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Parameter Definability in the Recursively Enumerable Degrees
"... The biinterpretability conjecture for the r.e. degrees asks whether, for each sufficiently large k, the # k relations on the r.e. degrees are uniformly definable from parameters. We solve a weaker version: for each k >= 7, the k relations bounded from below by a nonzero degree are uniformly defin ..."
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The biinterpretability conjecture for the r.e. degrees asks whether, for each sufficiently large k, the # k relations on the r.e. degrees are uniformly definable from parameters. We solve a weaker version: for each k >= 7, the k relations bounded from below by a nonzero degree are uniformly definable. As applications, we show that...
Definability and Global Degree Theory
 Logic Colloquium '90, Association of Symbolic Logic Summer Meeting in Helsinki, Berlin 1993 [Lecture Notes in Logic 2
"... Gödel's work [Gö34] on undecidable theories and the subsequent formalisations of the notion of a recursive function ([Tu36], [K136] etc.) have led to an ever deepening understanding of the nature of the noncomputable universe (which as Gödel himself showed, includes sets and functions of every ..."
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Gödel's work [Gö34] on undecidable theories and the subsequent formalisations of the notion of a recursive function ([Tu36], [K136] etc.) have led to an ever deepening understanding of the nature of the noncomputable universe (which as Gödel himself showed, includes sets and functions of everyday significance). The nontrivial aspect of Church's Thesis (any function not contained within one of the equivalent definitions of recursive/Turing computable, cannot be considered to be effectively computable) still provides a basis not only for classical and generalised recursion theory, but also for contemporary theoretical computer science. Recent years, in parallel with the massive increase in interest in the computable universe and the development of much subtler concepts of 'practically computable', have seen remarkable progress with some of the most basic and challenging questions concerning the noncomputable universe, results both of philosophical significance and of potentially wider technical importance. Relativising Church's Thesis, Kleene and Post [KP54] proposed the now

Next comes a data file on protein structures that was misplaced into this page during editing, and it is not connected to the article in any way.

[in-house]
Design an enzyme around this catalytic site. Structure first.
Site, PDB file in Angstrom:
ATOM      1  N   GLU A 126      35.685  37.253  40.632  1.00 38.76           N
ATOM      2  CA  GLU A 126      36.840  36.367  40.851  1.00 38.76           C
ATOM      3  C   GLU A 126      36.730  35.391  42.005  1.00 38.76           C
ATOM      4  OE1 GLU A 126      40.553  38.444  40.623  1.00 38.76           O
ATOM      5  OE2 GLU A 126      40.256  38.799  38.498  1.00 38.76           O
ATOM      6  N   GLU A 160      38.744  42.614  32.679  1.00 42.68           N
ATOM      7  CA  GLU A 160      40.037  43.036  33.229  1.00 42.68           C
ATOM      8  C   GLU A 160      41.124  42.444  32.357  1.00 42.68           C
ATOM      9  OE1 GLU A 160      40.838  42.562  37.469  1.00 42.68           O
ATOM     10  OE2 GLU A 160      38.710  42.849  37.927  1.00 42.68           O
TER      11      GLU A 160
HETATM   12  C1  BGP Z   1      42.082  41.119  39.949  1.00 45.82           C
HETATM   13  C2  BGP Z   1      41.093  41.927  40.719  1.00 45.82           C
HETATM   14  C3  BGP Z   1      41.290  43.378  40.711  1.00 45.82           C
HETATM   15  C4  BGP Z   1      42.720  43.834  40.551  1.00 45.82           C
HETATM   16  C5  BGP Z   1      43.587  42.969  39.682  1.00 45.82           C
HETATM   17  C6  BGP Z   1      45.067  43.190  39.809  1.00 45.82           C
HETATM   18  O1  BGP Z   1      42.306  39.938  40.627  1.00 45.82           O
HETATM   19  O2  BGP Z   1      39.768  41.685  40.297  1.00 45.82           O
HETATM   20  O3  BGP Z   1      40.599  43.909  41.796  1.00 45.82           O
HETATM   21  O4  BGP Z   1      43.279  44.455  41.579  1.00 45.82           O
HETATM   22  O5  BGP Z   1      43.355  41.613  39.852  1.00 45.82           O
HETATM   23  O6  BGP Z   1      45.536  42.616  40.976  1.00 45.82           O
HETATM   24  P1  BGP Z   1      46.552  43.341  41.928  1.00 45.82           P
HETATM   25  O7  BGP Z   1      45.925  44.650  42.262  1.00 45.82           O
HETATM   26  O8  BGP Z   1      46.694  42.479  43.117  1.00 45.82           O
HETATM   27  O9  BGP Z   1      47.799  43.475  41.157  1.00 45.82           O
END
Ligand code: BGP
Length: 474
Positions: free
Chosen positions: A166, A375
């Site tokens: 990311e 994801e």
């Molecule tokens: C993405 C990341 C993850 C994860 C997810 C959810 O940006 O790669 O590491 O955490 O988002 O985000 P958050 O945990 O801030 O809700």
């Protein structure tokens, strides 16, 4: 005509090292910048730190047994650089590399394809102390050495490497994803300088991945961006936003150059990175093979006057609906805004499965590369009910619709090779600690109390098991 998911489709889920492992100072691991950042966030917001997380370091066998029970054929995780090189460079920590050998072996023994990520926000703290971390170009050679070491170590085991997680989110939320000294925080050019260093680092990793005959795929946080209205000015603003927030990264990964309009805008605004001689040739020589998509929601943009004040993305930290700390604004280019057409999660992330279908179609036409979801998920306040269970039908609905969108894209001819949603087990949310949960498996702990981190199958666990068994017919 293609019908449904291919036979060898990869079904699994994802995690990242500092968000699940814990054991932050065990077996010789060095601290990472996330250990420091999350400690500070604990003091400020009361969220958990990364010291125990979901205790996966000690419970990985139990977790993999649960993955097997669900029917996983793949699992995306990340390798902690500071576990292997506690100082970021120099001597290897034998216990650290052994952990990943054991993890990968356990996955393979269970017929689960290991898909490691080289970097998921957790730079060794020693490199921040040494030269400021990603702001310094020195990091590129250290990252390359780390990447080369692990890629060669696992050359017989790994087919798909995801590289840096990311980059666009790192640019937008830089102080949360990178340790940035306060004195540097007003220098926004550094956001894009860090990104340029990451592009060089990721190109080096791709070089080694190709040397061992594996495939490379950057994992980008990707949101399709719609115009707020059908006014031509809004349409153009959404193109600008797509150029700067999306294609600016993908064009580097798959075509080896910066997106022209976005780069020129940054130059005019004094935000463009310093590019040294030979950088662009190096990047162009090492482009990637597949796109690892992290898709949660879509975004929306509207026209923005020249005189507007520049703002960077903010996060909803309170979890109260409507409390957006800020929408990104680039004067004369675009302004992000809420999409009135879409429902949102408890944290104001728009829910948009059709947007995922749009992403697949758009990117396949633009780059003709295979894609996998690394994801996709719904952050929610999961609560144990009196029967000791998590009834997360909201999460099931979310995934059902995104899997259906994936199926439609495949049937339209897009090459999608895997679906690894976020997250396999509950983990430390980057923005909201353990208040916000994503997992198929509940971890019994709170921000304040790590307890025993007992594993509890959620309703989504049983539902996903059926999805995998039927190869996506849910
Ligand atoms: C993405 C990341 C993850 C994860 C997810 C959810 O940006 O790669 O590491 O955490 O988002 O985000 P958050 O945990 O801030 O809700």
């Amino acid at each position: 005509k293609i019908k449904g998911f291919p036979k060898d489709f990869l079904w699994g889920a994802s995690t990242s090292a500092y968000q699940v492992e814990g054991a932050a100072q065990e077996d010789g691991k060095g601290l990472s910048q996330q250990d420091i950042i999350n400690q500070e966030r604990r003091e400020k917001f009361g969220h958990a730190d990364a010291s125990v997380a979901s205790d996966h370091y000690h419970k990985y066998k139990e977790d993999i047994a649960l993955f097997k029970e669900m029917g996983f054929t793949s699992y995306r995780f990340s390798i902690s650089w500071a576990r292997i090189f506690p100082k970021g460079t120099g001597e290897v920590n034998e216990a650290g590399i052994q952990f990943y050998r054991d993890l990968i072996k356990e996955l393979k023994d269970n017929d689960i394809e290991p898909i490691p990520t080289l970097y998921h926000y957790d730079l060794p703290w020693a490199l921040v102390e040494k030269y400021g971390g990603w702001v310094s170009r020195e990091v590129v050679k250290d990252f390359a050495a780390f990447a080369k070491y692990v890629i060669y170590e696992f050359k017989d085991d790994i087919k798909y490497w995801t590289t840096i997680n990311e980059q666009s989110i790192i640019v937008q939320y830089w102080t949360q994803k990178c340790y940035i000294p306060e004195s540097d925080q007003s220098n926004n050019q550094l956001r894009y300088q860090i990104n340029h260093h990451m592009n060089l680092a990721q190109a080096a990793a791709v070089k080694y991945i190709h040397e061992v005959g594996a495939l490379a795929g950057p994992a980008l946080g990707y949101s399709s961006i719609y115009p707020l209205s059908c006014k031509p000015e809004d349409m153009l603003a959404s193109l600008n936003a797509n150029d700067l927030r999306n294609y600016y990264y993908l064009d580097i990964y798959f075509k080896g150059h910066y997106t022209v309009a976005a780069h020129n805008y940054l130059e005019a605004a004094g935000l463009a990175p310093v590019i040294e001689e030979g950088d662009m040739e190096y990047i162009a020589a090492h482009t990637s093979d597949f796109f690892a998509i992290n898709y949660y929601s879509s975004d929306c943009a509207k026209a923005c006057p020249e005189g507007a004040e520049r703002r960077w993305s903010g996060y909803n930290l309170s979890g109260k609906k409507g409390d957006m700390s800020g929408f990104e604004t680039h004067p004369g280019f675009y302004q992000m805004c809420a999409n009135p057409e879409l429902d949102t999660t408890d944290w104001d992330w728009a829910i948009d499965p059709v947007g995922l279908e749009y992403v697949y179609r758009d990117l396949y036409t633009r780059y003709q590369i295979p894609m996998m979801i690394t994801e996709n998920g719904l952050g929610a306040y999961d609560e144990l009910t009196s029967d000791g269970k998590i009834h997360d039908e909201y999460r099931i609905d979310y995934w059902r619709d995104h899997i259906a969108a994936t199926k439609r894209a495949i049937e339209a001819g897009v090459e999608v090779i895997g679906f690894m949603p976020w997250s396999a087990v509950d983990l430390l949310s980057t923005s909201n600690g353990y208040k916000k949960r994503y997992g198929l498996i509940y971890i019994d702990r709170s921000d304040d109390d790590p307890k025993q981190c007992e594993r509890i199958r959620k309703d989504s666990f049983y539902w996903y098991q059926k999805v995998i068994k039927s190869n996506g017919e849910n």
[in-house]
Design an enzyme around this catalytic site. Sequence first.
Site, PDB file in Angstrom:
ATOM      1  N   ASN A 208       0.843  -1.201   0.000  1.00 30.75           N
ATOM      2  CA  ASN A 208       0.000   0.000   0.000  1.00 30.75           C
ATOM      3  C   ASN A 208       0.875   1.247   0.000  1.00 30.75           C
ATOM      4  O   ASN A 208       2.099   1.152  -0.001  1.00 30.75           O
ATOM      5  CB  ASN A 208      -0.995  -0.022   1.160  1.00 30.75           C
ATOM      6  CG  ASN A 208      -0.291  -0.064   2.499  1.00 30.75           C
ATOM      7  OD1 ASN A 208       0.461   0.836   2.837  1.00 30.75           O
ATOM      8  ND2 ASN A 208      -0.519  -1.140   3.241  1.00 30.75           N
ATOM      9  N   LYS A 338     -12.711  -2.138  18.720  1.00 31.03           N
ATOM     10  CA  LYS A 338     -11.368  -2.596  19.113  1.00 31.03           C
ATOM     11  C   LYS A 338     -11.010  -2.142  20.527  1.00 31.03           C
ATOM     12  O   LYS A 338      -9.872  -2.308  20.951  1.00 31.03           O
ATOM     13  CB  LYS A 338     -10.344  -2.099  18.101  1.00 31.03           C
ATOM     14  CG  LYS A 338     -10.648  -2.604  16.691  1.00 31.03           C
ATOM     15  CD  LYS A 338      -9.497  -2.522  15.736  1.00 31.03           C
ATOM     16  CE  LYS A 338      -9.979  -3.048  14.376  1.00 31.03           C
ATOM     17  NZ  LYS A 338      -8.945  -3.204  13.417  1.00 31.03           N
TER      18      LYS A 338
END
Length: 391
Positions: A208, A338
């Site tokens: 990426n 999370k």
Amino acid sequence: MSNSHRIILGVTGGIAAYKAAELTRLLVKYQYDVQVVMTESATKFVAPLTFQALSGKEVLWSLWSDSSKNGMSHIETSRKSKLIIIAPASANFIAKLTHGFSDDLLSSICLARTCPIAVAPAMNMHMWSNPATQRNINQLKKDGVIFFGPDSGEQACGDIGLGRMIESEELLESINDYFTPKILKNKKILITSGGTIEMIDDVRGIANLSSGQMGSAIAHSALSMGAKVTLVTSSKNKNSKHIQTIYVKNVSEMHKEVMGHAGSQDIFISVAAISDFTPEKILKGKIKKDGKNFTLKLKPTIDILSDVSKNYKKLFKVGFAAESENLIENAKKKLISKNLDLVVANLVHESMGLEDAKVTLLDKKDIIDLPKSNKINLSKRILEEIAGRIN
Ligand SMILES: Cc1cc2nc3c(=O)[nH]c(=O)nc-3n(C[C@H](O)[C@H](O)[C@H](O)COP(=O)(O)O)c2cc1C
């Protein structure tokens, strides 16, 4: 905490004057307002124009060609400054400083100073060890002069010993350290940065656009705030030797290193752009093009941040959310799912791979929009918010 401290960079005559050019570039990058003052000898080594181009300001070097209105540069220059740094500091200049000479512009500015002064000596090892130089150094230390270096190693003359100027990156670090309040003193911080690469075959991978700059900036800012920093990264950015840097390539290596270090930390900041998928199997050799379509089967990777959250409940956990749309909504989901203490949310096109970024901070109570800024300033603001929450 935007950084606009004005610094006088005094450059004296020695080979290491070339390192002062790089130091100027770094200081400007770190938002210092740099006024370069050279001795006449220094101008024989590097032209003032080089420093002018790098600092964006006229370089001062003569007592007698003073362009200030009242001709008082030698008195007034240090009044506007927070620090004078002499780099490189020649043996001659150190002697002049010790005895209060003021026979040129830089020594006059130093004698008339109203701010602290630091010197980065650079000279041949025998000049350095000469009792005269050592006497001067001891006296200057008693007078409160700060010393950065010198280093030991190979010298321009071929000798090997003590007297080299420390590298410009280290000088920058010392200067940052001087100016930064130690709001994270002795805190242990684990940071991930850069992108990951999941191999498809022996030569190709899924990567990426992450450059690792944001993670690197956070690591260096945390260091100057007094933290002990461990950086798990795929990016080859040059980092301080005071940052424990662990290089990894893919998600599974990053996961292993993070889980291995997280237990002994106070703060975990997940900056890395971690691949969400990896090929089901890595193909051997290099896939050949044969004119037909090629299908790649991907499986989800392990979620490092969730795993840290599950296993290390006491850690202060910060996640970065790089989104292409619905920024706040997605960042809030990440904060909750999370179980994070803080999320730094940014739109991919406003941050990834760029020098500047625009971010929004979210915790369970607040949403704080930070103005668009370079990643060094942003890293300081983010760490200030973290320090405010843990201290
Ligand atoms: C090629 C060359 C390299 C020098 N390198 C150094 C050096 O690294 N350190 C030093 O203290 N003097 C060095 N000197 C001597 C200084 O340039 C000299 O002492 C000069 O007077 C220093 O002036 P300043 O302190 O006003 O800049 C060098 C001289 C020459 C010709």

POSSIBLEWORLDS SEMANTICS FOR MODAL NOTIONS CONCEIVED AS PREDICATES
"... Abstract. If � is conceived as an operator, i.e., an expression that gives applied to a formula another formula, the expressive power of the language is severely restricted when compared to a language where � is conceived as a predicate, i.e., an expression that yields a formula if it is applied to ..."
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Abstract. If � is conceived as an operator, i.e., an expression that gives applied to a formula another formula, the expressive power of the language is severely restricted when compared to a language where � is conceived as a predicate, i.e., an expression that yields a formula if it is applied to a term. This consideration favours the predicate approach. The predicate view, however, is threatened mainly by two problems: Some obvious predicate systems are inconsistent, and possibleworlds semantics for predicates of sentences has not been developed very far. By introducing possibleworlds semantics for the language of arithmetic plus the unary predicate �, we tackle both problems. Given a frame 〈W, R 〉 consisting of a set W of worlds and a binary relation R on W, we investigate whether we can interpret � at every world in such a way that ��A � holds at a world w ∈ W if and only if A holds at every world v ∈ W such that wRv. The arithmetical vocabulary is interpreted by the standard model at every world. Several ‘paradoxes ’ (like Montague’s Theorem, Gödel’s Second Incompleteness Theorem, McGee’s Theorem on the ωinconsistency of certain truth theories etc.) show that many frames, e.g., reflexive frames, do not
Contemporary Mathematics Natural Definability in Degree Structures
"... A major focus of research in computability theory in recent years has involved definability issues in degree structures. There has been much success in getting general results by coding methods that translate first or second order arithmetic into the structures. In this paper we concentrate on the i ..."
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A major focus of research in computability theory in recent years has involved definability issues in degree structures. There has been much success in getting general results by coding methods that translate first or second order arithmetic into the structures. In this paper we concentrate on the issues of getting definitions of interesting, apparently external, relations on degrees that are ordertheoretically natural in the structures D and R of all the Turing degrees and of the r.e. Turing degrees, respectively. Of course, we have no formal definition of natural but we offer some guidelines, examples and suggestions for further research.
Annals of Mathematics FirstOrder Theory of the Degrees of Recursive Unsolvability
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JSTOR is a notforprofit service that helps scholars, researchers, and students discover, use, and build upon a wide range of content in a trusted digital archive. We use information technology and tools to increase productivity and facilitate new forms of scholarship. For more information about JSTOR, please contact support@jstor.org. Annals of Mathematics is collaborating with JSTOR to digitize, preserve and extend access to Annals of